1) works as a question as both, the robot and the dualistic thought live in the same dimension of knowledge - the dualistic dimension - whereas in question 2) we really mix the dual and the non-dual which makes no sense (the question only makes sense when seen as an invitation to inquire into what consciousness really is, helping us to move past dualistic answers and see non-dual reality... but this is obviously not what people are here for).
commonsense
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Re: Could a Robot be Conscious?

Post by commonsense »

I am willing to accept on the face of it that consciousness and dualistic thought are not the same thing.

Let’s assume (I am neither affirming nor denying) that consciousness and non-dualistic thought are the same thing. By non-dual reality, I think we can assume that we are talking about monism in general and its assertion that thought and reality are the same thing.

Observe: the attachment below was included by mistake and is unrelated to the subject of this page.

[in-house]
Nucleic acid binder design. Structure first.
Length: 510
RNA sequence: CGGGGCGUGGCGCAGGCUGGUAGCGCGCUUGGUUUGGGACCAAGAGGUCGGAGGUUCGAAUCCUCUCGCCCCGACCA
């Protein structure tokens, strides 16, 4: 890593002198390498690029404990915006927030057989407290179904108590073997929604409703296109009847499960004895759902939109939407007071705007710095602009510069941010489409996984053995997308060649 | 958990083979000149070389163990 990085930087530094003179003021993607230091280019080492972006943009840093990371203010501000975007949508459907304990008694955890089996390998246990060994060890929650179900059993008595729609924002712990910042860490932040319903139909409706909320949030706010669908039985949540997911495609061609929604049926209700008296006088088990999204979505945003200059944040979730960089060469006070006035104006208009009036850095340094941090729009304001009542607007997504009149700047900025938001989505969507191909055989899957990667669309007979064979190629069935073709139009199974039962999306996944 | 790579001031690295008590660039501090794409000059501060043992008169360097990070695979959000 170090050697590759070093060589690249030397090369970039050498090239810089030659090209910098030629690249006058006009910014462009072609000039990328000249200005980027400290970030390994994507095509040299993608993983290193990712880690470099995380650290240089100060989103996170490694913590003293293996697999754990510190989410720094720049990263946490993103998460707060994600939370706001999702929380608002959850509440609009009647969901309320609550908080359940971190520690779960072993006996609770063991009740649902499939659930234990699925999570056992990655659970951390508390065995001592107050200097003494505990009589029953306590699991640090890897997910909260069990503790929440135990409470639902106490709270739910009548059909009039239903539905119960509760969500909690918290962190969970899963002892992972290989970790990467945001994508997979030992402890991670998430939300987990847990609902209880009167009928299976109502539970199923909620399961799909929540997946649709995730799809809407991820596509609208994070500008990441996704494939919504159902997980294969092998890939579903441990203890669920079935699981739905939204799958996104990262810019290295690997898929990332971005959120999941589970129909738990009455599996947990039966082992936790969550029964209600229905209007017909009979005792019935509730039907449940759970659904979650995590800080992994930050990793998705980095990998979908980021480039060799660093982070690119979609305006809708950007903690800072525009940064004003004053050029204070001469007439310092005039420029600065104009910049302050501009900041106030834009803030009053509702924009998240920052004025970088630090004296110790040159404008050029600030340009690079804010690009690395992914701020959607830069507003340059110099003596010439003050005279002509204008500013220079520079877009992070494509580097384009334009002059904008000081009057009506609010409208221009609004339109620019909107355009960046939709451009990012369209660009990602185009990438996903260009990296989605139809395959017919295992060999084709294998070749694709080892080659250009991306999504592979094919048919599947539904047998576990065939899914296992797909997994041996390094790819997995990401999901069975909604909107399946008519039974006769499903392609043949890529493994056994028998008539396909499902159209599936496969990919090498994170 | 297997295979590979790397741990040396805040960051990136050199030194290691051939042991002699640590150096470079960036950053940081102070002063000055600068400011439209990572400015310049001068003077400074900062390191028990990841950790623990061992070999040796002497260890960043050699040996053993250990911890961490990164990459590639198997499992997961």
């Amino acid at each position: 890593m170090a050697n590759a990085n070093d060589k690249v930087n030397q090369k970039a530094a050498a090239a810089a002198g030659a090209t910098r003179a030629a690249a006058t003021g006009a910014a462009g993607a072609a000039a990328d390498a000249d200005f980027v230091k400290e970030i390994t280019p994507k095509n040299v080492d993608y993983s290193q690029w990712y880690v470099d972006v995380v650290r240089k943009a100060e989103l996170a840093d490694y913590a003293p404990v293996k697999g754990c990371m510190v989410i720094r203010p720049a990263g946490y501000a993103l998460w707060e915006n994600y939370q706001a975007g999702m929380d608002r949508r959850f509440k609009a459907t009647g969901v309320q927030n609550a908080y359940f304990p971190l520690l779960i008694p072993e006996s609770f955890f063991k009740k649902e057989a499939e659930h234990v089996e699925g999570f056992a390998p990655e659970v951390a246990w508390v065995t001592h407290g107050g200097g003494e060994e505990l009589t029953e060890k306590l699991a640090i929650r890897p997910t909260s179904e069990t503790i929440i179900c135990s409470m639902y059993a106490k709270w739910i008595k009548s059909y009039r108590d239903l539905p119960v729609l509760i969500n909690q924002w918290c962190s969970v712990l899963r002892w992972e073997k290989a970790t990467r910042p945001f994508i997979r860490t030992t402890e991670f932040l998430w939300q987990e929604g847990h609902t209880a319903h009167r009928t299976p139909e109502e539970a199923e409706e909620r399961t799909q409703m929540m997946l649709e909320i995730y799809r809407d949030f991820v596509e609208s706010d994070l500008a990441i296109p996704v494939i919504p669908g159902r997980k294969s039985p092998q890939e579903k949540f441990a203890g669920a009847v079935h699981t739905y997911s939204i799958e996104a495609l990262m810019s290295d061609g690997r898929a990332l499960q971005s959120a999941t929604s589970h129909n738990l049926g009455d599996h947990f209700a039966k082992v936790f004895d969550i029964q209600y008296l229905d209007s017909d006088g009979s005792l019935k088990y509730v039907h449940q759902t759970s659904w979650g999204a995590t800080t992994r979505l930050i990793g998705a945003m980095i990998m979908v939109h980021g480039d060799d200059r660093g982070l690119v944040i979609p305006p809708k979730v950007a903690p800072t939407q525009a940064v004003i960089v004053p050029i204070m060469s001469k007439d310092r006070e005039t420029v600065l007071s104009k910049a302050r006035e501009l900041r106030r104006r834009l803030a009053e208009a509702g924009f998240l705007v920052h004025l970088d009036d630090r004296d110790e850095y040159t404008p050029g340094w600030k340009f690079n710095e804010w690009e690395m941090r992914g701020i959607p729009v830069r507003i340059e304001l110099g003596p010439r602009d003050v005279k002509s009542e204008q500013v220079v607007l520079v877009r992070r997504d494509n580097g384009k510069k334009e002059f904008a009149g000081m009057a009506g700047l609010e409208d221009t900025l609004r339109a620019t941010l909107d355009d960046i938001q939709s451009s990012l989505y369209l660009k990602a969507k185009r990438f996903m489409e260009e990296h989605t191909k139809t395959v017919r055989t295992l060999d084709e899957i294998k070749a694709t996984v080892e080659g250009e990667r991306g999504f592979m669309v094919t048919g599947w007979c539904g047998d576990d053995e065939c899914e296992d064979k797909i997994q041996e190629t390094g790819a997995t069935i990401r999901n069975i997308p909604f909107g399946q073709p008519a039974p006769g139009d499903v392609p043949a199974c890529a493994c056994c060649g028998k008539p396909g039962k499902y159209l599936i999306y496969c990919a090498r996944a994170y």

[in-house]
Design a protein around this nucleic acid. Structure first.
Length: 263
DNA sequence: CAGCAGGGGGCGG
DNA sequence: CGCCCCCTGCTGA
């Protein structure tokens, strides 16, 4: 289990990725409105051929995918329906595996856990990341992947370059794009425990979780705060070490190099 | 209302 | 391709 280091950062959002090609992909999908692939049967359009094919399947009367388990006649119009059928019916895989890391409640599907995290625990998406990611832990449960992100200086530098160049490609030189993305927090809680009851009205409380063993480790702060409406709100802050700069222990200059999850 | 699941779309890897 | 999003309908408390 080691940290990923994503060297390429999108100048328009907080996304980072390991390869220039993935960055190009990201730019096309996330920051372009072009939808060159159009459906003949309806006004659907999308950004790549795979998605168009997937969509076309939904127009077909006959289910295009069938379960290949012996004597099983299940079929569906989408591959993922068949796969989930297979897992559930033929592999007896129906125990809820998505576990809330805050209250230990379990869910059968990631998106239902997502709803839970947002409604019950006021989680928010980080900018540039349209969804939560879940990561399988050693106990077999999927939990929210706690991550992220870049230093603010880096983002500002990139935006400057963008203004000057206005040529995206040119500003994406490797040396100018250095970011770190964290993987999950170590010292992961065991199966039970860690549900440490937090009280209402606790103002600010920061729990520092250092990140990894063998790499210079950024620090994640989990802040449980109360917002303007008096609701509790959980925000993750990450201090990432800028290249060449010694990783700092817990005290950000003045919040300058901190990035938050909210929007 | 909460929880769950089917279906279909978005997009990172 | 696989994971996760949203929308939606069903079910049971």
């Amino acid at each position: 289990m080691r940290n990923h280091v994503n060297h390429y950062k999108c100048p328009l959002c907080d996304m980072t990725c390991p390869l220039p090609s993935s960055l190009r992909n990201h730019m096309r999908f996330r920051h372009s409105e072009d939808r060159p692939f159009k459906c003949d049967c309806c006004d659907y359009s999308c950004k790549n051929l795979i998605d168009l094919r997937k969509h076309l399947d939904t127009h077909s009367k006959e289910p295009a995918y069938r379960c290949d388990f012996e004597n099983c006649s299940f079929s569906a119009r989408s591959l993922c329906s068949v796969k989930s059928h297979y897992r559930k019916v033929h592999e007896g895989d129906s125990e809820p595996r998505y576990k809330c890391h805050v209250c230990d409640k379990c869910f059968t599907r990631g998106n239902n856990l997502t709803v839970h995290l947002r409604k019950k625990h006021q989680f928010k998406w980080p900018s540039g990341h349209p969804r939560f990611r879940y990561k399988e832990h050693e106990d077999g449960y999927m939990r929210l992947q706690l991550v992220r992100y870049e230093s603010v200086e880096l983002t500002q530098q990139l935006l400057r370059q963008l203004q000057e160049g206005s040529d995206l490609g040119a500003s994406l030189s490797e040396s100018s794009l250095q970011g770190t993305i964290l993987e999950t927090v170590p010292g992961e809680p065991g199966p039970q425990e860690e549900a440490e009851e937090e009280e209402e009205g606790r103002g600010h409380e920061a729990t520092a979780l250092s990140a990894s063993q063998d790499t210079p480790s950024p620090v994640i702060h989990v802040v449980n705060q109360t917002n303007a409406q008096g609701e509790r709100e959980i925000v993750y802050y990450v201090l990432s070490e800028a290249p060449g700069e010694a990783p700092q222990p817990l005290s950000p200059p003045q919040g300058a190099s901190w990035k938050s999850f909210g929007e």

We would have it, then, that consciousness and monistic thought/reality are one. But what follows from that?

Anyway, if monism stands in opposition to dualism, wouldn’t that, in itself, be ironically dualistic? How do we defend monistic thought, if it is in contrast to something else, i.e. dualistic thought?
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Re: Could a Robot be Conscious?

Post by AlexW »

commonsense wrote: Thu May 10, 2018 1:17 am Let’s assume (I am neither affirming nor denying) that consciousness and non-dualistic thought are the same thing. By non-dual reality, I think we can assume that we are talking about monism in general and its assertion that thought and reality are the same thing.
Monism is not non-duality.
Monism normally talks about things - e.g. there exists only a single thing, the universe, which can only be artificially and arbitrarily divided into many things.
Non-duality knows nothing about things. There is no division at all (not even artificially).
The artificial division exists only in dualistic thought where the non-dual no-thing is divided into things (via thinking) - and as an effect dualistic reality seems to be created.